Suddenly, Bette leapt from out of nowhere onto the table next to the television set and sat staring at me. In contrast to the ridiculous dog, she looked proud and eloquent. As I admired her, a question formed in my mind.
“Bette, why don’t cats do stupid pet tricks?”
I thought I saw the answer in her green eyes.
No self-respecting cat, and certainly not Bette, would sacrifice Dignity for fame and fortune, not even for David Letterman!

Note: This essay was published in CATS magazine in 1993 then again in CHICKEN SOUP FOR THE SOUL: THE CAT DID WHAT? in 2014.

Thursday, November 6, 2014

IF THE SHU FITS ...Festival for All Skid Row Artists

At The Festival For All Skid Row Artists, now in its 5th year, we were invited to perform a fifteen minute segment from “If The SHU Fits” a dramatic reading that I had recently directed at the Unitarian Church in Santa Monica. This is a compilation of writings by men and women who have been, or still are, in solitary confinement in United States prisons. Also writings from members of their families outside. In California, SHU stands for Secure Housing Unit and the implicit protest in this performance is that, as declared by the United Nations, long-term Solitary Confinement is Torture!
KevinMichael Key, who co-produces the Festival, performed in the show and again at the Festival.  One of his portrayals was a man in prison in Malone, New York who pleaded: “Sometimes I feel as though I’m walking through a cemetery of lost souls. Seeing as how almost everyone around me is either already dead; in the process of dying or simply withering away like a corpse left to rot away in some decrepit grave with the name and epitaph erased away!” For another, who had spent 25 years in the SHU, he read this ironic statement: “I now face the rest of my life at Supermax, locked in a concrete tomb, dying in complete isolation. I have been approved to be transferred to this torture facility by psychological professionals who affirm that I am sane enough to be driven crazy!
Reverend Sidonie Smith, reading for the sister of another SHU prisoner who had taken part in a fierce hunger strike, persuasively laid out the humane and practical solutions to the incarceration of such men: “The five core demands are just human things that you and I would respect: 1. End group punishment and administrative abuse; 2. Abolish the debriefing policy and modify the gang status criteria; 3. Comply with the U.S. Commission recommendations to end long-term solitary confinement ; 4. Provide nutritious food; 5. Create and expand constructive programs!”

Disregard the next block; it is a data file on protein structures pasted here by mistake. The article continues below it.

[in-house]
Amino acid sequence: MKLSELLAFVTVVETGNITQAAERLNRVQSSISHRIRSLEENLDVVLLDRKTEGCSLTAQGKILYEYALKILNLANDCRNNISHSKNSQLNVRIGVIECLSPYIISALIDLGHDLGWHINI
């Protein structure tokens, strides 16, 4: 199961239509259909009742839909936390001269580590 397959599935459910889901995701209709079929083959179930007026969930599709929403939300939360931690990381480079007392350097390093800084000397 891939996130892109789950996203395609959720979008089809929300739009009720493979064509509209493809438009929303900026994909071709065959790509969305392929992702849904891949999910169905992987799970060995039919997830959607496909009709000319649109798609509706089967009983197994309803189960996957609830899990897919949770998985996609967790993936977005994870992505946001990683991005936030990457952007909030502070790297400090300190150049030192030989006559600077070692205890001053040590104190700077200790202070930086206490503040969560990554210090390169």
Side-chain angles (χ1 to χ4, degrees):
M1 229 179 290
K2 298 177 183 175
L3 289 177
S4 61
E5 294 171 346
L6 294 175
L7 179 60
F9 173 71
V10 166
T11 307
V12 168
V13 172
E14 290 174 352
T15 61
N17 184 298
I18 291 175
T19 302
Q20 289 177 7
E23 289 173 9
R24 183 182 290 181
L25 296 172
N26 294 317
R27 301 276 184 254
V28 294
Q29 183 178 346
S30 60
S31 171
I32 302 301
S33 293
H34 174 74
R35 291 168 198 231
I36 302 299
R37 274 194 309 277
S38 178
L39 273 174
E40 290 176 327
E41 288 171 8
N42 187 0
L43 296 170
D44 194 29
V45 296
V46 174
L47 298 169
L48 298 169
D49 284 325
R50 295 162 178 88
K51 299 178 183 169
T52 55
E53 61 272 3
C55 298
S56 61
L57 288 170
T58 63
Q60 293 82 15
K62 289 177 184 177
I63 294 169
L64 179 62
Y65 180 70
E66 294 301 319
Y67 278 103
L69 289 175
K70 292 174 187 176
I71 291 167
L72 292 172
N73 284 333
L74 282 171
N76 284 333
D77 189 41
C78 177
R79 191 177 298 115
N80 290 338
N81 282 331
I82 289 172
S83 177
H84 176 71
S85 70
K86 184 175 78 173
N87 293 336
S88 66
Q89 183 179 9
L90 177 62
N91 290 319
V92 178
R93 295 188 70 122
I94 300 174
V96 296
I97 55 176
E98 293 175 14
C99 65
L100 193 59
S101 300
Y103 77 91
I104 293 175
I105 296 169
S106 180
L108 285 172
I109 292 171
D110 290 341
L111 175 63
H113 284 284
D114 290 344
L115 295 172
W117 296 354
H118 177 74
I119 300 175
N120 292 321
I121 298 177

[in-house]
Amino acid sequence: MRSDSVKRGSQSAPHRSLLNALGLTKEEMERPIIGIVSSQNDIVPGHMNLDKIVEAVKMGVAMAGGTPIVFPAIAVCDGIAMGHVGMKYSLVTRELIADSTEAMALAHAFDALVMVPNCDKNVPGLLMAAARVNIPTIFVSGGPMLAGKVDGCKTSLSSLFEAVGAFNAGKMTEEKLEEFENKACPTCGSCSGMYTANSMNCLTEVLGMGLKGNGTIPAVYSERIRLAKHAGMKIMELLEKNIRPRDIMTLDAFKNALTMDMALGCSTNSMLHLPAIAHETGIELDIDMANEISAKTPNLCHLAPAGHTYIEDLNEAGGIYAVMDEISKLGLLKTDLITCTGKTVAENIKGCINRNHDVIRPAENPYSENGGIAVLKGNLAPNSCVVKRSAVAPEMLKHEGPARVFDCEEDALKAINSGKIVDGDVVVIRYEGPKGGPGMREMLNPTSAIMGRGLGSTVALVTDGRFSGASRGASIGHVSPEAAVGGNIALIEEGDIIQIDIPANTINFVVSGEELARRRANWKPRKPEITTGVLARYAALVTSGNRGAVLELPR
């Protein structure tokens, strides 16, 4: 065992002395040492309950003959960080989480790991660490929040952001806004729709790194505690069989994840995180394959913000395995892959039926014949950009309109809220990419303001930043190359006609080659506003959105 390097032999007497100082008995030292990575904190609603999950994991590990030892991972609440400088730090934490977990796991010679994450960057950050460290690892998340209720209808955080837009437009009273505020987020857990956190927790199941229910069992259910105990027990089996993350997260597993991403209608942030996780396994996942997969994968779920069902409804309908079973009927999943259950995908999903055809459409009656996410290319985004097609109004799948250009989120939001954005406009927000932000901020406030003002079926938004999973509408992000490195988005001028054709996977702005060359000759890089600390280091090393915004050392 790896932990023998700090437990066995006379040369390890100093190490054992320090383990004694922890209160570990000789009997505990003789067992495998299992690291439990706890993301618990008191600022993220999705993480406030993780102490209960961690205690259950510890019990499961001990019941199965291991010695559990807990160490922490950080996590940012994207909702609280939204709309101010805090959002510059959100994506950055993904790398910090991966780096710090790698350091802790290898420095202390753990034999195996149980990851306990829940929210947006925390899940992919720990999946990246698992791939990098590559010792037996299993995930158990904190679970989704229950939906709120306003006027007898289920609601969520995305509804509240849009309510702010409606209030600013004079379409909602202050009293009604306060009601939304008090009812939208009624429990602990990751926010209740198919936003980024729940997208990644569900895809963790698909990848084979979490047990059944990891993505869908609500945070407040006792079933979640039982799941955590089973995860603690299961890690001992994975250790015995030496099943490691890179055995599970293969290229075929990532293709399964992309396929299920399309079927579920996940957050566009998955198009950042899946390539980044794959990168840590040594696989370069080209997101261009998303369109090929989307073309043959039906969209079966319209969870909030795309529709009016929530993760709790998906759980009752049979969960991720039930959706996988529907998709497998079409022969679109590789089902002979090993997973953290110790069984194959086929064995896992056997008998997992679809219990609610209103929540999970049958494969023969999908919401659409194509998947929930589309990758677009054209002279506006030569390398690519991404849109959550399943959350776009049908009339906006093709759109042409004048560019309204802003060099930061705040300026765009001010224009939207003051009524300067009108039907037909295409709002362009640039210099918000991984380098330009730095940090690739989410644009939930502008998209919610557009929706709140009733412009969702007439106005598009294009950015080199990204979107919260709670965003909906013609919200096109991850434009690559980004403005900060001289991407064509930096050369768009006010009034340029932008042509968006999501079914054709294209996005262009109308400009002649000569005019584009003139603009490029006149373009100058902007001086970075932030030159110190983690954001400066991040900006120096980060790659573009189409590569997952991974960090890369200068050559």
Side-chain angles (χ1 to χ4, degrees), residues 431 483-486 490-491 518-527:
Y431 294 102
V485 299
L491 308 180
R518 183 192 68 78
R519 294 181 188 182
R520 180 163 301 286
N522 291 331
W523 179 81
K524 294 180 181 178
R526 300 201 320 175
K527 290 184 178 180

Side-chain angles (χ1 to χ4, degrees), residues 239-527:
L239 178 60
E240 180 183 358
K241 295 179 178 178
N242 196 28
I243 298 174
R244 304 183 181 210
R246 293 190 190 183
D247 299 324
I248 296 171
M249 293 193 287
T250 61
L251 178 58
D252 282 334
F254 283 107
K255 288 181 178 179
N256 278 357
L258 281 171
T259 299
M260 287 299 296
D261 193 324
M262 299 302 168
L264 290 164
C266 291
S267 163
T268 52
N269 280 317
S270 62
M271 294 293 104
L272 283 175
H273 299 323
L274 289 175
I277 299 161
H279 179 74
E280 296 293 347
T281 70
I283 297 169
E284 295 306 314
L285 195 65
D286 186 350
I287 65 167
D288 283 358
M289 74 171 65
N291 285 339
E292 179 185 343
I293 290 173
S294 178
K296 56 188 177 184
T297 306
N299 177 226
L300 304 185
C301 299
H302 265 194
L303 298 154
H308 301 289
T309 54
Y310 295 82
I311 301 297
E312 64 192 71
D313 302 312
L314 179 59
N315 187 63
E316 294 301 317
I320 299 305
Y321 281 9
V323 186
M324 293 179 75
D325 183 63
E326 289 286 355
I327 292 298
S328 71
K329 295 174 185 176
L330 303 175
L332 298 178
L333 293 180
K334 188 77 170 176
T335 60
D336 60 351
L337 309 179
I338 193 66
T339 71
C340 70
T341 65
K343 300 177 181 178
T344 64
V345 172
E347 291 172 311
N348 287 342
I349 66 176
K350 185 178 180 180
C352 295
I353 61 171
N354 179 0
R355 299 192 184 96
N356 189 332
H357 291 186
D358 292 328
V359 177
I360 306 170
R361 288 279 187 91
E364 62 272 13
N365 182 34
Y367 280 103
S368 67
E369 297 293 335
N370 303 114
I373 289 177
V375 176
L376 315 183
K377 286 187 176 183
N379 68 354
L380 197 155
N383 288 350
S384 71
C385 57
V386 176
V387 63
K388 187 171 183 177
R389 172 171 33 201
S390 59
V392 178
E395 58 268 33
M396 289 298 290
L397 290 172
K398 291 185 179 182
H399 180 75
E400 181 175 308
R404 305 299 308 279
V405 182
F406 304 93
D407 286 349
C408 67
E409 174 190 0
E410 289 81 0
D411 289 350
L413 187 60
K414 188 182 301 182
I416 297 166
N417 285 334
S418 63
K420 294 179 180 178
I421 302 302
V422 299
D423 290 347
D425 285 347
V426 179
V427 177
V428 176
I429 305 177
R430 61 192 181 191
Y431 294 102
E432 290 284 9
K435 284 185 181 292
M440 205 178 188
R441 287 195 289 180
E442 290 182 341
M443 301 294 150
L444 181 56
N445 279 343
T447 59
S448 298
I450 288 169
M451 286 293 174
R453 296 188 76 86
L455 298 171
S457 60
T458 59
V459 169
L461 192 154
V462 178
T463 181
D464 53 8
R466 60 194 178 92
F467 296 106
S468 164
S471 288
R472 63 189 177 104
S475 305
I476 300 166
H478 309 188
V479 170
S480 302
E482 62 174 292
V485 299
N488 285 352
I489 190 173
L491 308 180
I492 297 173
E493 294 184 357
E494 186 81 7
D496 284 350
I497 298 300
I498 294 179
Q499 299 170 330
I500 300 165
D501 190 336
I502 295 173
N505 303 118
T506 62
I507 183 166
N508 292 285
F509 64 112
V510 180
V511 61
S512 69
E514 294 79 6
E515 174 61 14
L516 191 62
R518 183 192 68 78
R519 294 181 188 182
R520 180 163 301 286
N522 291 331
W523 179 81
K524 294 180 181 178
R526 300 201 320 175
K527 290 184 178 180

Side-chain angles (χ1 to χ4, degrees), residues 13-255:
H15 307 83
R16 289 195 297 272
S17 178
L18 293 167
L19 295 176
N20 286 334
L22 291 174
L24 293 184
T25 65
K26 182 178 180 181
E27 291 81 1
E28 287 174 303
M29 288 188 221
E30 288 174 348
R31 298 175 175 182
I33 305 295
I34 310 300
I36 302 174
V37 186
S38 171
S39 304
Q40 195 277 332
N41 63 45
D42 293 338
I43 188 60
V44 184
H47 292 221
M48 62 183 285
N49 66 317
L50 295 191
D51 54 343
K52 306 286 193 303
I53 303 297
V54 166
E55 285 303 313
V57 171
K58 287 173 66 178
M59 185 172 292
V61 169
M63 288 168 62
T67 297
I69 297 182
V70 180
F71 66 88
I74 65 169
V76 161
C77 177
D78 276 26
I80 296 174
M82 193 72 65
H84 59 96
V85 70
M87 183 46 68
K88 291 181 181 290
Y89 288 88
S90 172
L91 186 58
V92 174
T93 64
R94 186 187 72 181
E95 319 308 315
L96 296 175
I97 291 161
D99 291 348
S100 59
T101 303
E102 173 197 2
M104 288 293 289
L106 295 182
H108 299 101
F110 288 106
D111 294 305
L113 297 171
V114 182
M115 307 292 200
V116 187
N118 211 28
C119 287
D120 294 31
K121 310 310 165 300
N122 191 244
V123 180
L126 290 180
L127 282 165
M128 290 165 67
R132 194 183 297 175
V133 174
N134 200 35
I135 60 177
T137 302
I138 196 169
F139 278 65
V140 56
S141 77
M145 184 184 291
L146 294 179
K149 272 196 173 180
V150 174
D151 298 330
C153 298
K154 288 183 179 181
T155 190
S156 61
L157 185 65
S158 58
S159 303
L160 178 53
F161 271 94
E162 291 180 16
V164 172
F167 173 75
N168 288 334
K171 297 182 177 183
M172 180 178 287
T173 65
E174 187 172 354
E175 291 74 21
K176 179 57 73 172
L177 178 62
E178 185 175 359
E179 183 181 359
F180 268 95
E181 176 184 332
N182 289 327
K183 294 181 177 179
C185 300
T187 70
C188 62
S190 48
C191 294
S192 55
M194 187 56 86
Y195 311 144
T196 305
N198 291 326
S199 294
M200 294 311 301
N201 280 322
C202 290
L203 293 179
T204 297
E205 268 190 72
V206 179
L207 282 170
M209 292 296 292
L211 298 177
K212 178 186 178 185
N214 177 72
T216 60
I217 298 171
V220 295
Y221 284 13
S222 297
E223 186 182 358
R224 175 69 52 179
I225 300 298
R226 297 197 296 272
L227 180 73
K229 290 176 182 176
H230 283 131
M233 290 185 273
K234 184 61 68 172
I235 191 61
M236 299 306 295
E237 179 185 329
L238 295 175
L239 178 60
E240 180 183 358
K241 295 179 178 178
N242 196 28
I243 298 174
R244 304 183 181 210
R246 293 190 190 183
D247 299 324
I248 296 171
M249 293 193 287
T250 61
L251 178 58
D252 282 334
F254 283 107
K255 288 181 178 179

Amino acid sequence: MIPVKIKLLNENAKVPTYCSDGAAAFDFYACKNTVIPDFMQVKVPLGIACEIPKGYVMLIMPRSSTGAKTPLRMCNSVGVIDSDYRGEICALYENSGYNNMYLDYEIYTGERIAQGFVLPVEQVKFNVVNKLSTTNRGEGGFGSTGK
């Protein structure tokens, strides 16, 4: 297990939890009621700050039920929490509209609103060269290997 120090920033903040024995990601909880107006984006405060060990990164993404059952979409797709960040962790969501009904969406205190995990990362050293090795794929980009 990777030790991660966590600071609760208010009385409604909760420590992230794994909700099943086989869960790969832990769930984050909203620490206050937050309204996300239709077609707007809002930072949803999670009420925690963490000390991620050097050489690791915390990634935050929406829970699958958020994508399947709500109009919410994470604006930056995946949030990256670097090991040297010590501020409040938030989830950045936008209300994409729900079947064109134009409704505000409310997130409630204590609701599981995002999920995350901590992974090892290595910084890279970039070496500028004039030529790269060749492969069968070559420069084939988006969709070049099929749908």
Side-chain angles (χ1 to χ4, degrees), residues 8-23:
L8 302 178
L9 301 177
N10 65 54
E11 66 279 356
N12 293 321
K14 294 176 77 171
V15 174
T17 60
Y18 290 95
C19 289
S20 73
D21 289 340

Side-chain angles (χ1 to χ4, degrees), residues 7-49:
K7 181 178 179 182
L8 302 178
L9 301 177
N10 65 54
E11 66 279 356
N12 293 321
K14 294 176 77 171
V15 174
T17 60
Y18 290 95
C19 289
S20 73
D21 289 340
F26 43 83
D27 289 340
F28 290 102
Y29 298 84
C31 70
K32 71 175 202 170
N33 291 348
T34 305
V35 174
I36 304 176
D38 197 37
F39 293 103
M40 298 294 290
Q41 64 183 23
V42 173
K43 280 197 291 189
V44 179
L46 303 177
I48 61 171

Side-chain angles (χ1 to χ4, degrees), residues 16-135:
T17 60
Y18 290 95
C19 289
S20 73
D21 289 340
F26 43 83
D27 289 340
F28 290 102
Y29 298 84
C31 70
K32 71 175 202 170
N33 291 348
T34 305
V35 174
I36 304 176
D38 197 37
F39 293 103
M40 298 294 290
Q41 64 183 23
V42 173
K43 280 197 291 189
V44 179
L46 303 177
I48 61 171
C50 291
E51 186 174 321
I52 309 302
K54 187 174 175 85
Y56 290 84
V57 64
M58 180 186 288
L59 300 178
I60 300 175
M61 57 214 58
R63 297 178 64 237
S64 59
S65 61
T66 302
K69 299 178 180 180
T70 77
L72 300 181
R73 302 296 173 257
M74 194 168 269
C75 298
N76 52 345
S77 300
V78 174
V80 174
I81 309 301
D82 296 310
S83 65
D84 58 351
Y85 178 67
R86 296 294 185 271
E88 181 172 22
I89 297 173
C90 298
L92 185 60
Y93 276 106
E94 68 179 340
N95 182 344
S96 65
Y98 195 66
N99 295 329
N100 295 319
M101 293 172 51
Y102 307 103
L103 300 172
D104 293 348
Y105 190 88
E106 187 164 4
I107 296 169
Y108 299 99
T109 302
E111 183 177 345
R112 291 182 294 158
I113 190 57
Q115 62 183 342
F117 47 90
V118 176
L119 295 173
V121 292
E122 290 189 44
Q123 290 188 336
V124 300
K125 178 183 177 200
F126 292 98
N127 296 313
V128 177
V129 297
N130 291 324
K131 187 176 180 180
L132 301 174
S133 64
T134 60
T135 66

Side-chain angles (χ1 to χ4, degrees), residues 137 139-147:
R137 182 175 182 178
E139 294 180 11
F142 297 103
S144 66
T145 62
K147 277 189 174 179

Most poignant was the reading by Paula Brooks, as a woman in a New Jersey SHU, describing how she saw from her sealed window a plant growing in the brick wall outside. She reads: “As the wind would blow against the leaves of this plant, I would actually close my eyes and pretend this very wind was blowing against my face. I know it sounds crazy, but it was the only part of nature that I had.”
Deeply emotional was Sherri Walker as the mother of a young man, locked away out of her reach, in the SHU at California’s Pelican Bay: “You worry day by day if your child is OK. You can’t visit them because they are so far away. They can’t call you. All you can do is write them. You wonder if they are alive or dead and the only thing I can do is pray!”
Most powerful was Craig Walter, speaking for an inmate at Mansfield Correctional Institute in Ohio, an eloquent and angry poet. He opened the reading with these words: “Within a cage, How can you Lock me in a cage, for some misdeed done, Within a cage? All you can do, is feed my rage!” Then he closed with another poem: “I shall not die a thousand deaths of compromise Giving up names in exchange for food or blanket. I will bite my own arm to smother my screams And rob you of the satisfaction when you disassemble me…” He ended the presentation with this moving statement: “My name is Sean Swain. All I have is this pen, this paper, and the truth. Please remember that I lived.”
Compiled by Melvin Ishmael Johnson and Andy Griggs, “If The SHU Fits” was commissioned by the National Religious Campaign Against Torture, and the Interfaith Communities United for Justice and Peace. This one-hour dramatic piece is being presented at various churches as an appeal to the public to stand forward and denounce the use of solitary confinement now rampant in our prison system.
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SKID ROW WALKATHON ...Downtown Los Angeles